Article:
S.Korean panel deals knockout blow to stem cell claim
By Jon Herskovitz and Jack Kim
SEOUL (Reuters) – A South Korean panel dealt a devastating blow to discredited scientist Hwang Woo-suk on Thursday, concluding his once-celebrated team provided no data to prove a claim they had produced tailored embryonic stem cells.
The findings deepened the disgrace of a man once heralded as a national hero for his pioneering work on stem cell and cloning research, who now faces possible criminal charges.
The panel will also review Hwang’s 2004 paper on creating the first cloned human embryos for research and a claim he produced the world’s first cloned dog, an Afghan hound named Snuppy.
Hwang did receive a bit of good news when a DNA lab in Seoul, which is not part of the panel’s investigation, said its own tests indicated that Snuppy was an actual clone.
But that was the only upbeat news in an otherwise somber day for the scientist.
"It is the panel’s judgment that Professor Hwang’s team does not have the scientific data to prove that they (patient-specific stem cells) were made," said Roe Jung-hye, chief of Seoul National University’s research office.
The same investigation panel said last week that a 2005 paper produced by Hwang’s team contained data that was deliberately fabricated and had undermined the fundamentals of science.
It said the team may have produced only two stem cell lines, not 11 as the authors of the landmark paper had claimed.
Roe told reporters the final two lines, which could have proved the fundamental findings of Hwang’s team, were not produced in Hwang’s lab but at a Seoul hospital.
"The findings of three labs showed the number two and number three stem cell lines that needed confirmation with regard to the 2005 paper did not match with patient tissue cells and were found to be fertilized-egg stem cells of MizMedi Hospital," Roe said.
The news sent biotech shares lower on the Seoul bourse.
The panel has asked three laboratories to conduct DNA tests on cells that were part of work by Hwang’s team to see if they were stem cell lines with DNA that matches that of the donors.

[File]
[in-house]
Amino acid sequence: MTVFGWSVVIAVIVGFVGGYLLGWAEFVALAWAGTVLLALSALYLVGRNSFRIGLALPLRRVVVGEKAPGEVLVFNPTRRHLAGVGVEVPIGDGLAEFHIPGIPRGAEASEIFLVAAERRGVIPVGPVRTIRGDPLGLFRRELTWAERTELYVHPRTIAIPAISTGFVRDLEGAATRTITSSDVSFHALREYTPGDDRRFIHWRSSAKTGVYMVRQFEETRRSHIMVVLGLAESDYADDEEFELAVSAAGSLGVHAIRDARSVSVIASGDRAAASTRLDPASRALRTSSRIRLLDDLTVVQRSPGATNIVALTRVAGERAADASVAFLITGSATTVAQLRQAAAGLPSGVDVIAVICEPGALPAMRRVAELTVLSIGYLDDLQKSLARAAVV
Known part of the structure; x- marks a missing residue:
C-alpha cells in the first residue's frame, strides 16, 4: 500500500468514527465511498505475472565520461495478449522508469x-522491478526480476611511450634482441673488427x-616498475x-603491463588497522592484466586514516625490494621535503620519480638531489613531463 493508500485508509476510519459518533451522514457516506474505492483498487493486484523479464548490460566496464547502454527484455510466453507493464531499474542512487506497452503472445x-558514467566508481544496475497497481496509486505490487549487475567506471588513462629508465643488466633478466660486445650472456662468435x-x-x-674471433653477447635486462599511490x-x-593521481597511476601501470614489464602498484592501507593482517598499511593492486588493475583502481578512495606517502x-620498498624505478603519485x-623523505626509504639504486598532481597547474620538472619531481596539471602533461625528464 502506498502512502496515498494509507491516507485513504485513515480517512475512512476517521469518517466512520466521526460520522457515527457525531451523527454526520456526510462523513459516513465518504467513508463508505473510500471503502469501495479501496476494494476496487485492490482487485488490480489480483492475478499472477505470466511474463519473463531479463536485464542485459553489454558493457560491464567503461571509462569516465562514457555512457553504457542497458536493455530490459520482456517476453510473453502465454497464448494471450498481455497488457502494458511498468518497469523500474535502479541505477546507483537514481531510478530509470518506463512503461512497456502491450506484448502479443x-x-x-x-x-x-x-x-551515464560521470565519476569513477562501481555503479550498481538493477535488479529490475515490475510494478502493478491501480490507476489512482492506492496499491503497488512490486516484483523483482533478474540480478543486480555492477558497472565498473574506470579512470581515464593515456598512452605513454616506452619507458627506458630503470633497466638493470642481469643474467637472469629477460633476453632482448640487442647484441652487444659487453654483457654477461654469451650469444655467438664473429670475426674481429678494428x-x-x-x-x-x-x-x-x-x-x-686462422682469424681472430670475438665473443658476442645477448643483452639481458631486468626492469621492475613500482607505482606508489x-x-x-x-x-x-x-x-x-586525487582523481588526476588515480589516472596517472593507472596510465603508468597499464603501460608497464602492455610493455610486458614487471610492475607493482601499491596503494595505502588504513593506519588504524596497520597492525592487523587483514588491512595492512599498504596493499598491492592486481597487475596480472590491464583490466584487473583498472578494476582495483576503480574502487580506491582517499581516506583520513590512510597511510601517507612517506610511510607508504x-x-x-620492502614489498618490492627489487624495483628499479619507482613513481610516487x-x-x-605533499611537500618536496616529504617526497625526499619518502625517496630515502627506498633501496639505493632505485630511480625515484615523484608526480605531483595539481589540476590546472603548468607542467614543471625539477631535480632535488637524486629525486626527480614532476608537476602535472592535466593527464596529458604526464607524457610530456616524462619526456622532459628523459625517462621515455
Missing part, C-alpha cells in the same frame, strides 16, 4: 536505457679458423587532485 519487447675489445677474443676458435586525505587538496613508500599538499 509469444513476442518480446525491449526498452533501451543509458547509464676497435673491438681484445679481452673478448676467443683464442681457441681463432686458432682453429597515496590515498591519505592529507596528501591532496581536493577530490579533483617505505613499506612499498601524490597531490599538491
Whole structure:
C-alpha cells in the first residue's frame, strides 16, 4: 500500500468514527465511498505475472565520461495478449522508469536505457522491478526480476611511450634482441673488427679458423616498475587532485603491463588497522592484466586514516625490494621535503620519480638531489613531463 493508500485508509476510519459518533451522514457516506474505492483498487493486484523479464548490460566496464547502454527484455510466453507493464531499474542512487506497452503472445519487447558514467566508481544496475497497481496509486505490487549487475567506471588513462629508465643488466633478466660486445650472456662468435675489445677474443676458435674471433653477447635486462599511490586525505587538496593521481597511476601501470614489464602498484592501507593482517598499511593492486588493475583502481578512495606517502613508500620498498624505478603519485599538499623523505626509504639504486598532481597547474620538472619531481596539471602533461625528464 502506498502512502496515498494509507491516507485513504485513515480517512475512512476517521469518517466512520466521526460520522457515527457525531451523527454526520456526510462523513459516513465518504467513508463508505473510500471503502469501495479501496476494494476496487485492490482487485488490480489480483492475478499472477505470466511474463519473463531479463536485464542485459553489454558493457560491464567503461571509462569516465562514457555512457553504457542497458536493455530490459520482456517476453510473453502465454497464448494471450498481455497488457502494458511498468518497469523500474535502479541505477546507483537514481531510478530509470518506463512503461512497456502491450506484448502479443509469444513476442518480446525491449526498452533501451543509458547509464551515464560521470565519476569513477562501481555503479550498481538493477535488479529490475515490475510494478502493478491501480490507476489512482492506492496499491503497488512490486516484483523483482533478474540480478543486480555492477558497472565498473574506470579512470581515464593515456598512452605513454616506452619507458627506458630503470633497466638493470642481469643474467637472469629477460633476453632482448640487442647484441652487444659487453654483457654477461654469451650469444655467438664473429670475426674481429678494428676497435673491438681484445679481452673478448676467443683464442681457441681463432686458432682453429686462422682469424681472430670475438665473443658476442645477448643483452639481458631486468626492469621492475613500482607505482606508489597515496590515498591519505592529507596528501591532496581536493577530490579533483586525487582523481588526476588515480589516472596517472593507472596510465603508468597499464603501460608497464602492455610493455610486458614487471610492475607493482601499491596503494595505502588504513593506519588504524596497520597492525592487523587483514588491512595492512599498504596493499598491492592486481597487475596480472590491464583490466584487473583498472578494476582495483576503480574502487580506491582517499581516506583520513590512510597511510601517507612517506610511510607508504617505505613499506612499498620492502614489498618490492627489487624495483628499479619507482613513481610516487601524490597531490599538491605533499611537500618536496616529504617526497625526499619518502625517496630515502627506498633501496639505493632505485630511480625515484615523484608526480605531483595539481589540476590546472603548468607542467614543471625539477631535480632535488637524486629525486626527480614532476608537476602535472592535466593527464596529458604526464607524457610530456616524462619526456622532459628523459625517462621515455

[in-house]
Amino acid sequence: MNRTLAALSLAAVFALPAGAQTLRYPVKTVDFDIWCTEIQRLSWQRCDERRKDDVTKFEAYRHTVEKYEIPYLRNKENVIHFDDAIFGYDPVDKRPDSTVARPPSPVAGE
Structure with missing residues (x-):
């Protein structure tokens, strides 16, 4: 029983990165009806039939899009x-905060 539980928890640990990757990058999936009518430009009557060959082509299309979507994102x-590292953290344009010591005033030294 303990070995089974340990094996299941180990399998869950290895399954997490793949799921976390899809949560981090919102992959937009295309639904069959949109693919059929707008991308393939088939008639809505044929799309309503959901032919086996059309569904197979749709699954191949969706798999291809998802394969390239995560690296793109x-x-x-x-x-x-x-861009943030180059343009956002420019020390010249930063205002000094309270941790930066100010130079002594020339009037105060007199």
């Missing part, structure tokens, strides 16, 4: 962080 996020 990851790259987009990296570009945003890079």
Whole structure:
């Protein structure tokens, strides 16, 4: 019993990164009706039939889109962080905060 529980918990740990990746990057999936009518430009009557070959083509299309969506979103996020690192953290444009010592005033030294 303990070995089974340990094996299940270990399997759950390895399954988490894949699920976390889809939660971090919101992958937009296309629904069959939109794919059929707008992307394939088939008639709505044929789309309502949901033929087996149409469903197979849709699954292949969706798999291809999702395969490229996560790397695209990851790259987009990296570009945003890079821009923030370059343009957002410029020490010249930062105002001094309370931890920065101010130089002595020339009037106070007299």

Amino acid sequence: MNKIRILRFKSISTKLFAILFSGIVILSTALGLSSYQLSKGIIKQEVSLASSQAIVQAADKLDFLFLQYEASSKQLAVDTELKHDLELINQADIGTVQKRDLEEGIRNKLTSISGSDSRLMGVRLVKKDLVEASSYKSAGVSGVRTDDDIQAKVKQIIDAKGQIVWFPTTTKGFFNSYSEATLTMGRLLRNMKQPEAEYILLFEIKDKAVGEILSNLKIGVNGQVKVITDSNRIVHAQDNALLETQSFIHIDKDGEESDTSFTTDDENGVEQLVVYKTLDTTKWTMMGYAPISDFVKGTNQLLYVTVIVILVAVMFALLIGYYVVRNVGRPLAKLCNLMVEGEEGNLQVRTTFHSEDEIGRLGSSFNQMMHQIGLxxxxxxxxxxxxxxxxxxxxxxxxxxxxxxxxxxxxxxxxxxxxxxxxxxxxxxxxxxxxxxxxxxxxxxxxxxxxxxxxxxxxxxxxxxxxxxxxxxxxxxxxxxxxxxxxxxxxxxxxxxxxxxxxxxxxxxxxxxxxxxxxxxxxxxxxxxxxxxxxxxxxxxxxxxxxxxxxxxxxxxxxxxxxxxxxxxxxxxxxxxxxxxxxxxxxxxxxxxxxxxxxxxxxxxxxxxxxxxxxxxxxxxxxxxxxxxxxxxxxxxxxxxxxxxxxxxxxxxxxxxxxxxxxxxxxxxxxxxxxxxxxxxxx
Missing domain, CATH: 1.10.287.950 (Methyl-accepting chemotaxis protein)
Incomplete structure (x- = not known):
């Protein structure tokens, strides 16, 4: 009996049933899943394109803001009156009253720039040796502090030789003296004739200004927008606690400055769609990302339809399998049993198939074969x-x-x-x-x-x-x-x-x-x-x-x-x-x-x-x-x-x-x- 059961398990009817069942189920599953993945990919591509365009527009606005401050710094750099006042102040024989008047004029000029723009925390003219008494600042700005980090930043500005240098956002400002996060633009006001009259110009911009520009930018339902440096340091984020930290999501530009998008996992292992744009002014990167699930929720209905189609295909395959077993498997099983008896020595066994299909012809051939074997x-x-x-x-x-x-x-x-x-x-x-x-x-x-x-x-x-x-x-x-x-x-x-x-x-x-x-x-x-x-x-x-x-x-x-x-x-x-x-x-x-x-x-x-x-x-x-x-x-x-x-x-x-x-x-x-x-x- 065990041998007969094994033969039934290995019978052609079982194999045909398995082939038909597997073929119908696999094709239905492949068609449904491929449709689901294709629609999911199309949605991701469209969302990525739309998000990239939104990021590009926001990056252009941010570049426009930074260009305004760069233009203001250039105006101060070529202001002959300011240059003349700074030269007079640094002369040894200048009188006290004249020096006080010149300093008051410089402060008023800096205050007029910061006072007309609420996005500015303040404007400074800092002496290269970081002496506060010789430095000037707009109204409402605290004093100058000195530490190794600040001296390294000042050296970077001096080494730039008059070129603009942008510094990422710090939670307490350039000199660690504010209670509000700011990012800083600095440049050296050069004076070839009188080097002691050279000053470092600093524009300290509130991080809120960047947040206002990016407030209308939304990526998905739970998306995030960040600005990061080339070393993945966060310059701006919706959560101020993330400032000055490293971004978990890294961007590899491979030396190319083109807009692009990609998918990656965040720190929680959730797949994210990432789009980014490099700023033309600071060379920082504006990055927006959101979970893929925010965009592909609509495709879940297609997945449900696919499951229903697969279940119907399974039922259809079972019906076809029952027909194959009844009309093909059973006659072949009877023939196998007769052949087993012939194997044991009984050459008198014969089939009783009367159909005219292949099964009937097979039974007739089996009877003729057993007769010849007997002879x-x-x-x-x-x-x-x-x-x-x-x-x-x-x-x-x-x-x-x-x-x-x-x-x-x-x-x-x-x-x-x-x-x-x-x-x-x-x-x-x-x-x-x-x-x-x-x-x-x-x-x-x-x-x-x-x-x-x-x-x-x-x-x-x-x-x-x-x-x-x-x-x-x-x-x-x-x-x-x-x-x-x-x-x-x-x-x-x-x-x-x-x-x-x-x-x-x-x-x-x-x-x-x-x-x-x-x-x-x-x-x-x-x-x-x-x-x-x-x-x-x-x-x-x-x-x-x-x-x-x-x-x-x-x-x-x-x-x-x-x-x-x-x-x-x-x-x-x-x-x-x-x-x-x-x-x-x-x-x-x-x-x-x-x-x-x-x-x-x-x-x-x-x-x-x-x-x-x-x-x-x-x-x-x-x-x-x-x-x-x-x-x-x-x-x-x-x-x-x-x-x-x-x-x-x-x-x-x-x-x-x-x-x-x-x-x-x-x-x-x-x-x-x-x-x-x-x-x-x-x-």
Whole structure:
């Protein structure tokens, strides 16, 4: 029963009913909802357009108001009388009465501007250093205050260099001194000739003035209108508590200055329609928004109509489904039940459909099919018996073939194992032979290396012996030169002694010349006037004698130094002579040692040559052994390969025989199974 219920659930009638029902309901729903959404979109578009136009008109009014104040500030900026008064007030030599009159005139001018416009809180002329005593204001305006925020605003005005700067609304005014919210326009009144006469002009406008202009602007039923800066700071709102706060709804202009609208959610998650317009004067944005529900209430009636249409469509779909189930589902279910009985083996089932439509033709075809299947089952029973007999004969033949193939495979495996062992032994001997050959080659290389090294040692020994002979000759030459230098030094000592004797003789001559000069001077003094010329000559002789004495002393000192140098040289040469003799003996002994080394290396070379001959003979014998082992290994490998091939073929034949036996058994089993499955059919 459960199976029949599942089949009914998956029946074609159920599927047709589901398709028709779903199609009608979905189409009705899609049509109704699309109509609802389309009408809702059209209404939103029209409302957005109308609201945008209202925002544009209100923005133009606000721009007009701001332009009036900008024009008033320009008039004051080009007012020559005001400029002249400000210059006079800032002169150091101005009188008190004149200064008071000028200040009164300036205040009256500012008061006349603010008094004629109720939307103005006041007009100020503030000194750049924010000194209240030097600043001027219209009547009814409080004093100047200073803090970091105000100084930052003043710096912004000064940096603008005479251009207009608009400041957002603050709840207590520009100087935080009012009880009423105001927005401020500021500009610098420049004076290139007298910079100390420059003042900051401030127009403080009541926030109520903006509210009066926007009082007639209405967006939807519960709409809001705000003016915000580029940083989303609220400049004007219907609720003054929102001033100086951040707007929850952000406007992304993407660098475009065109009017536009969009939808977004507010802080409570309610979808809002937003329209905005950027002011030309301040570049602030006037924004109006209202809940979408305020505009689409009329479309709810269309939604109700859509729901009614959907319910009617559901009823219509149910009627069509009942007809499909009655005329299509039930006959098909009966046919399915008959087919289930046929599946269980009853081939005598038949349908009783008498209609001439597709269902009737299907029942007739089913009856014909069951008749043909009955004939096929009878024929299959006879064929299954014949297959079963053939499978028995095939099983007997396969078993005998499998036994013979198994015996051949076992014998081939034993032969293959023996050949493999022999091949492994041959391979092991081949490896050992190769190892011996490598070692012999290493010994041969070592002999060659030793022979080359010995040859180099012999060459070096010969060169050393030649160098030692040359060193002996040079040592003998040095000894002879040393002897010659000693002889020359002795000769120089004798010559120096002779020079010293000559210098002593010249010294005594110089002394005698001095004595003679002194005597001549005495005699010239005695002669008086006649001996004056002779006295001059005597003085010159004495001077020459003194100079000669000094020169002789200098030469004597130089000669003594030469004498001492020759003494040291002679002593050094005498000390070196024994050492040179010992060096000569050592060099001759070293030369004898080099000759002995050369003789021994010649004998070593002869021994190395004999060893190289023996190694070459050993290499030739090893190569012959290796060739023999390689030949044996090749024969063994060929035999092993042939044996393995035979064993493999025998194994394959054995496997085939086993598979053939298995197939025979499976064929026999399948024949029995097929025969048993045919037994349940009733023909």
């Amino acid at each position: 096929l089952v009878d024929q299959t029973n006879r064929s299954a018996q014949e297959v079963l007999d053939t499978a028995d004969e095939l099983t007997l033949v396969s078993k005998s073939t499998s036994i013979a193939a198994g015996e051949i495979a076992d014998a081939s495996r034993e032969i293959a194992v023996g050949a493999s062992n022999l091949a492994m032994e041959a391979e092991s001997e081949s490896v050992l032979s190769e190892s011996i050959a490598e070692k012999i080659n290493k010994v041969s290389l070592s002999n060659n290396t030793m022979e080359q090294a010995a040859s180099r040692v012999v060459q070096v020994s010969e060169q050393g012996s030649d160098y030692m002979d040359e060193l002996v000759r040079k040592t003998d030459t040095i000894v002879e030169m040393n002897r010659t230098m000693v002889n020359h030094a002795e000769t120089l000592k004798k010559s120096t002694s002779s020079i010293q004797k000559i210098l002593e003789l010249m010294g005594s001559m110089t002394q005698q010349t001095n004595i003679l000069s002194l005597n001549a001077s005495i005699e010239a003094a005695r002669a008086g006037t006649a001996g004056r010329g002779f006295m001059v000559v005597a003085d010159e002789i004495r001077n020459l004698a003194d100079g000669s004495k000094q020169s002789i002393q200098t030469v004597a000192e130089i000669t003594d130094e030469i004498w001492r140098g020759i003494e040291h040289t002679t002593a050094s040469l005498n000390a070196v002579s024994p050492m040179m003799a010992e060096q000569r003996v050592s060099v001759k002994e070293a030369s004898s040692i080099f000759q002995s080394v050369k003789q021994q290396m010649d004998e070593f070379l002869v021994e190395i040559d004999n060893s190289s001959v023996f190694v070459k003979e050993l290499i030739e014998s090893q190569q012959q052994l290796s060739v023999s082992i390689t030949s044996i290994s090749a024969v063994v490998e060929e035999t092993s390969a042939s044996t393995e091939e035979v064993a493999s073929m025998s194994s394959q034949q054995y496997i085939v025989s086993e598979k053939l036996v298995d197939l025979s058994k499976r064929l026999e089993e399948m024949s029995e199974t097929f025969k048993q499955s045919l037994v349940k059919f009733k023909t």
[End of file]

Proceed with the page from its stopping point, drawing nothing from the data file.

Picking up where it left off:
Hwang has been in seclusion for almost a week and did not offer any comment to the media, but a key member of his team apologized on Thursday in a letter to a local radio program.
"I offer my sincere apology to patients and their families who had had hopes for a cure and supported our team’s study," said Ahn Curie in her letter sent to Peace Broadcasting Center and posted on the station’s Web site.
"I had believed the stem cells existed until recently," said Ahn, adding her role had been limited to exploring possible use of the cells but had nothing to do with creating them.
Experts say the stem cell case is fast developing into one of the biggest scientific frauds in recent history: the next questions will be how Hwang’s team was able to pull it off and exactly how many people were involved.
An official with the Seoul prosecutors’ office said a criminal investigation will probably be launched after the university panel reaches a final conclusion in January.
"We will be looking into a number of complaints brought to us, including the question of whether there was a switch," the official said, referring to Hwang’s claim that someone had removed his stem cells and replaced them with fertilized cells.
Hwang resigned from the university last week and apologized. But he has insisted that patient-tailored embryonic stem cells are South Korean technology and that would be confirmed.
Hwang’s work had been touted as having fulfilled a basic promise of embryonic stem cell studies, that one day genetically matched tissues could be transplanted in a patient to cure diseases such as diabetes and Alzheimer’s.
Some South Koreans who had reacted with shock, shame and sadness to the initial revelations of fraud said after hearing the latest news that Hwang should face harsh penalties.
"He should be severely punished and one of the first things that should be done is for him to step away from educating students," said Jin Jong-hwa, an office worker in Seoul.
Laurie Zoloth, a bioethics professor at Northwestern University near Chicago, said the impact of Thursday’s findings would leave a lasting mark on scientific research.
"It seems clearly to have been a deliberate fabrication from the very beginning," she said. "It is a sad day for science."
(With additional reporting by Lee Jin-joo, Kim Yeon-hee and Rhee So-eui)